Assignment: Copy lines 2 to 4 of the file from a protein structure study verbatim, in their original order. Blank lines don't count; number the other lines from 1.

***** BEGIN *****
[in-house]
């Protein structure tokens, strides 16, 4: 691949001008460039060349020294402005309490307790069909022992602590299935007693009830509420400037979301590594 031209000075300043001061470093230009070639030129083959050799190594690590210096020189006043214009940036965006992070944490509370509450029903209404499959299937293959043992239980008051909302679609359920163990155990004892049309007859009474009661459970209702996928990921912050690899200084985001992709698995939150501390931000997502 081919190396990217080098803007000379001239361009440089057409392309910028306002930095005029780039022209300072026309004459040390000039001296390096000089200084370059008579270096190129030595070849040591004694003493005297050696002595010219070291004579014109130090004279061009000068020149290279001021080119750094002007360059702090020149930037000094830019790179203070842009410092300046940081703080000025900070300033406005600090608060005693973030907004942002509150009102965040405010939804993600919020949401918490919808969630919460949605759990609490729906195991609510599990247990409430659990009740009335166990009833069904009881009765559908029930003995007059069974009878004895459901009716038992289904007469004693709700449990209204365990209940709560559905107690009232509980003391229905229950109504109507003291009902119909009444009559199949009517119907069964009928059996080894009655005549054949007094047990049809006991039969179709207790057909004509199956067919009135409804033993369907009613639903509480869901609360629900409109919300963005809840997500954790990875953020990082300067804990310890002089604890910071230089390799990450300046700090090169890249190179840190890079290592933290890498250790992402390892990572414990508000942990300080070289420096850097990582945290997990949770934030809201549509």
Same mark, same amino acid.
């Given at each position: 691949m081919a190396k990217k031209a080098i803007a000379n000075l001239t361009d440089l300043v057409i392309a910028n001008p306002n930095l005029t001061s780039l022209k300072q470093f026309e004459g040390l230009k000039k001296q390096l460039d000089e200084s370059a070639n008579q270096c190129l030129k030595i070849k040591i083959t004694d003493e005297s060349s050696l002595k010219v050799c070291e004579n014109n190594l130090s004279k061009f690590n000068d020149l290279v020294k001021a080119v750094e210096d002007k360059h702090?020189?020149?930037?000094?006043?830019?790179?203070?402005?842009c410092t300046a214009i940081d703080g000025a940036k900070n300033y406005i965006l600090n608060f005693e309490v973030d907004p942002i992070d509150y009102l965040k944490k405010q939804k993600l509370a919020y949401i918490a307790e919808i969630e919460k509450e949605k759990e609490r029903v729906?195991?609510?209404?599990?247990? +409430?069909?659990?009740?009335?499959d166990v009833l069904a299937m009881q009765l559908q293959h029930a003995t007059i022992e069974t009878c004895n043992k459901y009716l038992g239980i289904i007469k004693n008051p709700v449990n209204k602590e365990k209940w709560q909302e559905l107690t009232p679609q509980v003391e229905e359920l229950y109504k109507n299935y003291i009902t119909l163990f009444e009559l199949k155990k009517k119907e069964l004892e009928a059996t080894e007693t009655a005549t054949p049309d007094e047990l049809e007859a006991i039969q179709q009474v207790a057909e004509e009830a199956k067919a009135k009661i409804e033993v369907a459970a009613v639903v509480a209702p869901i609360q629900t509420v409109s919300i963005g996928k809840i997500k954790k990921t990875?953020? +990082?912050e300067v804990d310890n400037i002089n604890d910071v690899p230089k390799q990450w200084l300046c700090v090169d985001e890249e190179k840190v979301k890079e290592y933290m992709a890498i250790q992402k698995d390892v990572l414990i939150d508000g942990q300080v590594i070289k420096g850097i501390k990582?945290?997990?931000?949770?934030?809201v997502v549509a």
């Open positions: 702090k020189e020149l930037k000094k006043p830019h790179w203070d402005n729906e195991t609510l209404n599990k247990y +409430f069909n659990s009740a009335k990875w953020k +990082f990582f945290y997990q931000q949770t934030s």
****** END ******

């Protein structure tokens, strides 16, 4: 691949001008460039060349020294402005309490307790069909022992602590299935007693009830509420400037979301590594 031209000075300043001061470093230009070639030129083959050799190594690590210096020189006043214009940036965006992070944490509370509450029903209404499959299937293959043992239980008051909302679609359920163990155990004892049309007859009474009661459970209702996928990921912050690899200084985001992709698995939150501390931000997502 081919190396990217080098803007000379001239361009440089057409392309910028306002930095005029780039022209300072026309004459040390000039001296390096000089200084370059008579270096190129030595070849040591004694003493005297050696002595010219070291004579014109130090004279061009000068020149290279001021080119750094002007360059702090020149930037000094830019790179203070842009410092300046940081703080000025900070300033406005600090608060005693973030907004942002509150009102965040405010939804993600919020949401918490919808969630919460949605759990609490729906195991609510599990247990409430659990009740009335166990009833069904009881009765559908029930003995007059069974009878004895459901009716038992289904007469004693709700449990209204365990209940709560559905107690009232509980003391229905229950109504109507003291009902119909009444009559199949009517119907069964009928059996080894009655005549054949007094047990049809006991039969179709207790057909004509199956067919009135409804033993369907009613639903509480869901609360629900409109919300963005809840997500954790990875953020990082300067804990310890002089604890910071230089390799990450300046700090090169890249190179840190890079290592933290890498250790992402390892990572414990508000942990300080070289420096850097990582945290997990949770934030809201549509």
Same mark, same amino acid.
């Given at each position: 691949m081919a190396k990217k031209a080098i803007a000379n000075l001239t361009d440089l300043v057409i392309a910028n001008p306002n930095l005029t001061s780039l022209k300072q470093f026309e004459g040390l230009k000039k001296q390096l460039d000089e200084s370059a070639n008579q270096c190129l030129k030595i070849k040591i083959t004694d003493e005297s060349s050696l002595k010219v050799c070291e004579n014109n190594l130090s004279k061009f690590n000068d020149l290279v020294k001021a080119v750094e210096d002007k360059h702090?020189?020149?930037?000094?006043?830019?790179?203070?402005?842009c410092t300046a214009i940081d703080g000025a940036k900070n300033y406005i965006l600090n608060f005693e309490v973030d907004p942002i992070d509150y009102l965040k944490k405010q939804k993600l509370a919020y949401i918490a307790e919808i969630e919460k509450e949605k759990e609490r029903v729906?195991?609510?209404?599990?247990? +409430?069909?659990?009740?009335?499959d166990v009833l069904a299937m009881q009765l559908q293959h029930a003995t007059i022992e069974t009878c004895n043992k459901y009716l038992g239980i289904i007469k004693n008051p709700v449990n209204k602590e365990k209940w709560q909302e559905l107690t009232p679609q509980v003391e229905e359920l229950y109504k109507n299935y003291i009902t119909l163990f009444e009559l199949k155990k009517k119907e069964l004892e009928a059996t080894e007693t009655a005549t054949p049309d007094e047990l049809e007859a006991i039969q179709q009474v207790a057909e004509e009830a199956k067919a009135k009661i409804e033993v369907a459970a009613v639903v509480a209702p869901i609360q629900t509420v409109s919300i963005g996928k809840i997500k954790k990921t990875?953020? +990082?912050e300067v804990d310890n400037i002089n604890d910071v690899p230089k390799q990450w200084l300046c700090v090169d985001e890249e190179k840190v979301k890079e290592y933290m992709a890498i250790q992402k698995d390892v990572l414990i939150d508000g942990q300080v590594i070289k420096g850097i501390k990582?945290?997990?931000?949770?934030?809201v997502v549509a």